Pulling Bits From ROM Silicon Die Images: Unknown Architecture

Table of Contents


My journey into Integrated Circuit Reverse Engineering (ICRE) has only just begun but I am completely consumed with passion for this field. Besides the computer/electrical engineering aspect to ICRE, there is a lot of physics and chemistry knowledge that is needed. For a while, the chemistry component scared me, as I had little to no knowledge of chemistry. Not to mention, working with the products necessary to decapsulate and delayer chips is quit dangerous.


First things first, I had to look into a bunch of really expensive items and solvents to buy. Here is a list of equipment and supplies I purchased.

Deciding on a Lab Sample

Ironically, when I first decapsulated the CH340G from the Arduino Nano v3 board, I actually had no idea I would be stumbling into an entire section of ROM before beginning the delayering. Normally, when picking out a ROM project, you should have a fairly good understanding of your target; this includes familiarization with the architecture and processor from reading the datasheets. Fortunately, this was not the case for me, and you’ll find out why later on in the paper.

A delayered Atmega328P

Flash vs ROM Microscopy

You might be asking yourself, why can’t you also just read data off the flash memory segments using a metallurgical microscope like you would ROM? First, we should discuss the difference. Mask ROM (MROM) contains firmware code that is burned into the silicon of the chip during the design phase of the semiconductor manufacturing process. MROM are produced by arranging transistors before the photolithography process begins. Under a microscope, they can look very different from one another:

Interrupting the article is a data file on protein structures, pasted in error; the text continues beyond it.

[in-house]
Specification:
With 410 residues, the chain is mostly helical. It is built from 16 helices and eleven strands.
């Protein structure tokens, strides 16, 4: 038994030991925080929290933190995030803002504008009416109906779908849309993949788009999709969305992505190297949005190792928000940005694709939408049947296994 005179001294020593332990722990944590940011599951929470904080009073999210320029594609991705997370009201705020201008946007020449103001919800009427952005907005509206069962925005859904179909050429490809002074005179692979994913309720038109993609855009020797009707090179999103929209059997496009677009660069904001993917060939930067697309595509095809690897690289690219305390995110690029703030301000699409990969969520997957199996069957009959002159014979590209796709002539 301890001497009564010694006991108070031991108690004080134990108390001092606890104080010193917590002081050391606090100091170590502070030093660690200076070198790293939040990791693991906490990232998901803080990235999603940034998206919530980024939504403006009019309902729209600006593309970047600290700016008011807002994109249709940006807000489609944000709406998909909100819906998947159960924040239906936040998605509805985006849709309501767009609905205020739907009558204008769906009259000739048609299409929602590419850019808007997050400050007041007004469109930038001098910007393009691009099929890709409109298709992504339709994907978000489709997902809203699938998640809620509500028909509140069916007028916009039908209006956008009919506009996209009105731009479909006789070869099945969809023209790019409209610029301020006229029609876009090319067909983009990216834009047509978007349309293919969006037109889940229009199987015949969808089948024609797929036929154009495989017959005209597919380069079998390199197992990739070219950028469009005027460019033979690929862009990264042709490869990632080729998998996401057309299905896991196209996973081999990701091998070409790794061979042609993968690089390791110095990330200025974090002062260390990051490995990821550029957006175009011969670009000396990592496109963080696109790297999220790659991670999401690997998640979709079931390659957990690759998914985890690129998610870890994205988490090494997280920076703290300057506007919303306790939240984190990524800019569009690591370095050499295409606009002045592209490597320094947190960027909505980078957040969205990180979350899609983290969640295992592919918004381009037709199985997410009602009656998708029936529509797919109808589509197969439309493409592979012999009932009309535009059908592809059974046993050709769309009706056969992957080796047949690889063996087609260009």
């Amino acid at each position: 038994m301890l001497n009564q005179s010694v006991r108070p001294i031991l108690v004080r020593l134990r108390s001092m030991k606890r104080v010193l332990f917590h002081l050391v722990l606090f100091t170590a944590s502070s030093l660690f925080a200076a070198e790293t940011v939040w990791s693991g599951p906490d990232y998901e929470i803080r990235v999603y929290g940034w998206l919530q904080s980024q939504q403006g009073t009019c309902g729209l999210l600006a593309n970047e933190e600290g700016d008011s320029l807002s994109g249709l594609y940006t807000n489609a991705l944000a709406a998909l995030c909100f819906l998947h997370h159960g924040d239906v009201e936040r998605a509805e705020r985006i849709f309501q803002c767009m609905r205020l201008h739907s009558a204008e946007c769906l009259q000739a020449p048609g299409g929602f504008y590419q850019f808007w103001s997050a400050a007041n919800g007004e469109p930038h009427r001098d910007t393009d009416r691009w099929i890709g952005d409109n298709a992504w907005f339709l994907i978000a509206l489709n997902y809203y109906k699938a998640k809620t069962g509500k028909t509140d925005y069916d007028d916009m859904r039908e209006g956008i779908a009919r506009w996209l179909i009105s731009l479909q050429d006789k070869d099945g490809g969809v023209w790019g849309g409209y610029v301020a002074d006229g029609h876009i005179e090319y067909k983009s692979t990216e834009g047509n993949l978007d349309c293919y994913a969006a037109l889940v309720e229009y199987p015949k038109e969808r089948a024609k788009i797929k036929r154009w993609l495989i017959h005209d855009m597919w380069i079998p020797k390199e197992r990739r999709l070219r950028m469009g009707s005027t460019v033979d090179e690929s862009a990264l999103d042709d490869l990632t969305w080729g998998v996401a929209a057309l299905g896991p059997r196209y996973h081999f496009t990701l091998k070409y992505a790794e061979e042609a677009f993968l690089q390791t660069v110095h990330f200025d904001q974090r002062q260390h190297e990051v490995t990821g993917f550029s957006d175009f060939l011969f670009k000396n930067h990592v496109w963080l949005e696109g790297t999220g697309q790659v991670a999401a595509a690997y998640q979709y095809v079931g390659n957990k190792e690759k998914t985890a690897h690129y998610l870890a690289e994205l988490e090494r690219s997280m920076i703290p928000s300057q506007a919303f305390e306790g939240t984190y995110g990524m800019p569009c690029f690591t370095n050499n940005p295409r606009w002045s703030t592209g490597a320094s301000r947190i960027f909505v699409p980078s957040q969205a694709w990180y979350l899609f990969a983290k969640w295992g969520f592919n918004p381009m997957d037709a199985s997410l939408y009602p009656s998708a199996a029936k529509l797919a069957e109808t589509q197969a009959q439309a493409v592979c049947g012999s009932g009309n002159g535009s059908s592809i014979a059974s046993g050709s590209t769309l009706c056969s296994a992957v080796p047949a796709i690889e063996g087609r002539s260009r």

TI TMS5200NL ROM vs CBM 65CE02 ROM from SiliconPr0n
Transistor Mock-Up in NAND Flash
Flash memory transistor cells

How Bits Are Read

The reason we are able to see individual bits (‘1’s & ‘0’s) under a metallurgical microscope is because the bits are physically coded into the die. As shown in Ken Shirriff’s paper on Extracting ROM Constants, bits are programmed into the MROM by changing the silicon doping pattern, creating transistors or leaving insulating regions. In Ken’s example, if the presence of a transistor in a row exists, then we can assume that it is a 1 bit transistor. Generally, a row in a NOR MROM will contain two stacked transistors top-to-bottom per column as seen below.

ROM Image from TMS320C52

Getting Our Sample Ready

In the case of the Arduino Nano, the CH340G is always located at the bottom of the PCB. I took my desoldering heat gun and applied around 200°C of heat right above the target IC chip pins. This will take the solder from the joints and melt it, allowing you to safely remove the chip from the board.

CH340 soldered onto the Arduino Nano (no chip markings)

Decapsulation Reactions

Now is the time to get extra cautious because it is extremely dangerous working with corrosive acids. We are going to take a glass pipette (as glass does not react with H₂SO₄) and take around 20mL of 98% concentrated sulfuric acid from the container and place it into a 100ml beaker. We can drop our sample into the acid using some tweezers then place the beaker on the hotplate.

Decapsulating inside of a fume hood
  1. It could potentially recirculate some of the sulfuric dioxide (SO₂) fumes, which in turn will keep the acid concentration high. If the acid concentration drops too low, the probability of corrosion increases. I’m not 100% sure on this though, so feel free to ping me if I’m incorrect about this. I know this will work well with nitric acid (HNO₃) as the nitrogen dioxide (NO₂) fumes can recirculate back to HNO₃ in the presence of water.
Chip in process of acid bath
Extracted silicon die from epoxy packaging

Examining the First Sample

Now that our chip is rid of residual burnt epoxy, it is time for our microscope imaging so we can truly see what lives inside of the die.

CH340G imaged using 5x objective lens
If you want to see a higher resolution here, click here.

Delayering Reactions